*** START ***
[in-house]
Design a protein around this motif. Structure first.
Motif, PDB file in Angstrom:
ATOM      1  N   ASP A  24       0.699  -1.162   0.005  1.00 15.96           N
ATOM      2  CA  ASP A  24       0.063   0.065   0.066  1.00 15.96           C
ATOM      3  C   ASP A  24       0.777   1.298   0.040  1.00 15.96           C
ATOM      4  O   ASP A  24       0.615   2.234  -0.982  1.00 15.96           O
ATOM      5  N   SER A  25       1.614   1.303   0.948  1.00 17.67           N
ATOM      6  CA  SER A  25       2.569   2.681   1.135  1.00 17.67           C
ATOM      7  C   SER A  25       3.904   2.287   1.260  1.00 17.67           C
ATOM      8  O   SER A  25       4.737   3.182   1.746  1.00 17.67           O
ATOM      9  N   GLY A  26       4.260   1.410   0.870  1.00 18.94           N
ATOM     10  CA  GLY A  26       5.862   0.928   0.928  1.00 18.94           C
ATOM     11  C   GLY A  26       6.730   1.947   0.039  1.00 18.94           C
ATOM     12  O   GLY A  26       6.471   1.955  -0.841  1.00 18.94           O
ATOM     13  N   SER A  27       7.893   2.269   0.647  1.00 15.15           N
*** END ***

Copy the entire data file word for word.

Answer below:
[in-house]
Design a protein around this motif. Structure first.
Motif, PDB file in Angstrom:
ATOM      1  N   ASP A  24       0.699  -1.162   0.005  1.00 15.96           N
ATOM      2  CA  ASP A  24       0.063   0.065   0.066  1.00 15.96           C
ATOM      3  C   ASP A  24       0.777   1.298   0.040  1.00 15.96           C
ATOM      4  O   ASP A  24       0.615   2.234  -0.982  1.00 15.96           O
ATOM      5  N   SER A  25       1.614   1.303   0.948  1.00 17.67           N
ATOM      6  CA  SER A  25       2.569   2.681   1.135  1.00 17.67           C
ATOM      7  C   SER A  25       3.904   2.287   1.260  1.00 17.67           C
ATOM      8  O   SER A  25       4.737   3.182   1.746  1.00 17.67           O
ATOM      9  N   GLY A  26       4.260   1.410   0.870  1.00 18.94           N
ATOM     10  CA  GLY A  26       5.862   0.928   0.928  1.00 18.94           C
ATOM     11  C   GLY A  26       6.730   1.947   0.039  1.00 18.94           C
ATOM     12  O   GLY A  26       6.471   1.955  -0.841  1.00 18.94           O
ATOM     13  N   SER A  27       7.893   2.269   0.647  1.00 15.15           N